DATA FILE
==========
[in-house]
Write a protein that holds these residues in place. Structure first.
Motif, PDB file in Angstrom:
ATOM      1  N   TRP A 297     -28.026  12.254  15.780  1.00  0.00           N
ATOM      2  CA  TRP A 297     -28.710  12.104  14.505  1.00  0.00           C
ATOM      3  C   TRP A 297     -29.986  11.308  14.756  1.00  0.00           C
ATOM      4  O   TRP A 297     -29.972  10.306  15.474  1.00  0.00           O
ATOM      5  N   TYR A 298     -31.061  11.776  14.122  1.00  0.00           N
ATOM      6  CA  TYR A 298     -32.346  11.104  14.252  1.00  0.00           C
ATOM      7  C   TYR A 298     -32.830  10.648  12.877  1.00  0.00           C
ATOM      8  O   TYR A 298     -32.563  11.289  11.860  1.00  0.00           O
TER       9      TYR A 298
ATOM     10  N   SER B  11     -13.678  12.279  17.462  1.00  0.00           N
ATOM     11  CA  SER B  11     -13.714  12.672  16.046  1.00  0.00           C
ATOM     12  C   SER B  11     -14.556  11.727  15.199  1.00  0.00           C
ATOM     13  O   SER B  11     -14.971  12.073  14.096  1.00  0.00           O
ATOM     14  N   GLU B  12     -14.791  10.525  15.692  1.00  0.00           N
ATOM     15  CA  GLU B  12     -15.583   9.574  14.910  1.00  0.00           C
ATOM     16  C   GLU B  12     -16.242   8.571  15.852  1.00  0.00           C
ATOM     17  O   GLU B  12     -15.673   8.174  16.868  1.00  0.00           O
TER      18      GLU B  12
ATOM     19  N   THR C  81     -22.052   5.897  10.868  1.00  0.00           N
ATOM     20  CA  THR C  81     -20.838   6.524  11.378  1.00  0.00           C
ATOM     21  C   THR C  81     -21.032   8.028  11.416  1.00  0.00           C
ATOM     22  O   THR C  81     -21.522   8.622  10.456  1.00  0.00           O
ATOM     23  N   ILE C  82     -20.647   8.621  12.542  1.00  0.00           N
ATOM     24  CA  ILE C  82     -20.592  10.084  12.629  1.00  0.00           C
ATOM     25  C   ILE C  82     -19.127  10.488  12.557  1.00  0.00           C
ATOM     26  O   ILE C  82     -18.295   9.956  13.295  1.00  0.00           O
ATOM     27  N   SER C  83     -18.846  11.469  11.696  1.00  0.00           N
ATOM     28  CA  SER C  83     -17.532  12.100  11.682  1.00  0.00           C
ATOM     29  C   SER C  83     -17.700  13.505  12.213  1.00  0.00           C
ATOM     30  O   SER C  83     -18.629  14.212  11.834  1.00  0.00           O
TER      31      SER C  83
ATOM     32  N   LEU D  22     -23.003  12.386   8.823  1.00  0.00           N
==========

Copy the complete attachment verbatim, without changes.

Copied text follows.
[in-house]
Write a protein that holds these residues in place. Structure first.
Motif, PDB file in Angstrom:
ATOM      1  N   TRP A 297     -28.026  12.254  15.780  1.00  0.00           N
ATOM      2  CA  TRP A 297     -28.710  12.104  14.505  1.00  0.00           C
ATOM      3  C   TRP A 297     -29.986  11.308  14.756  1.00  0.00           C
ATOM      4  O   TRP A 297     -29.972  10.306  15.474  1.00  0.00           O
ATOM      5  N   TYR A 298     -31.061  11.776  14.122  1.00  0.00           N
ATOM      6  CA  TYR A 298     -32.346  11.104  14.252  1.00  0.00           C
ATOM      7  C   TYR A 298     -32.830  10.648  12.877  1.00  0.00           C
ATOM      8  O   TYR A 298     -32.563  11.289  11.860  1.00  0.00           O
TER       9      TYR A 298
ATOM     10  N   SER B  11     -13.678  12.279  17.462  1.00  0.00           N
ATOM     11  CA  SER B  11     -13.714  12.672  16.046  1.00  0.00           C
ATOM     12  C   SER B  11     -14.556  11.727  15.199  1.00  0.00           C
ATOM     13  O   SER B  11     -14.971  12.073  14.096  1.00  0.00           O
ATOM     14  N   GLU B  12     -14.791  10.525  15.692  1.00  0.00           N
ATOM     15  CA  GLU B  12     -15.583   9.574  14.910  1.00  0.00           C
ATOM     16  C   GLU B  12     -16.242   8.571  15.852  1.00  0.00           C
ATOM     17  O   GLU B  12     -15.673   8.174  16.868  1.00  0.00           O
TER      18      GLU B  12
ATOM     19  N   THR C  81     -22.052   5.897  10.868  1.00  0.00           N
ATOM     20  CA  THR C  81     -20.838   6.524  11.378  1.00  0.00           C
ATOM     21  C   THR C  81     -21.032   8.028  11.416  1.00  0.00           C
ATOM     22  O   THR C  81     -21.522   8.622  10.456  1.00  0.00           O
ATOM     23  N   ILE C  82     -20.647   8.621  12.542  1.00  0.00           N
ATOM     24  CA  ILE C  82     -20.592  10.084  12.629  1.00  0.00           C
ATOM     25  C   ILE C  82     -19.127  10.488  12.557  1.00  0.00           C
ATOM     26  O   ILE C  82     -18.295   9.956  13.295  1.00  0.00           O
ATOM     27  N   SER C  83     -18.846  11.469  11.696  1.00  0.00           N
ATOM     28  CA  SER C  83     -17.532  12.100  11.682  1.00  0.00           C
ATOM     29  C   SER C  83     -17.700  13.505  12.213  1.00  0.00           C
ATOM     30  O   SER C  83     -18.629  14.212  11.834  1.00  0.00           O
TER      31      SER C  83
ATOM     32  N   LEU D  22     -23.003  12.386   8.823  1.00  0.00           N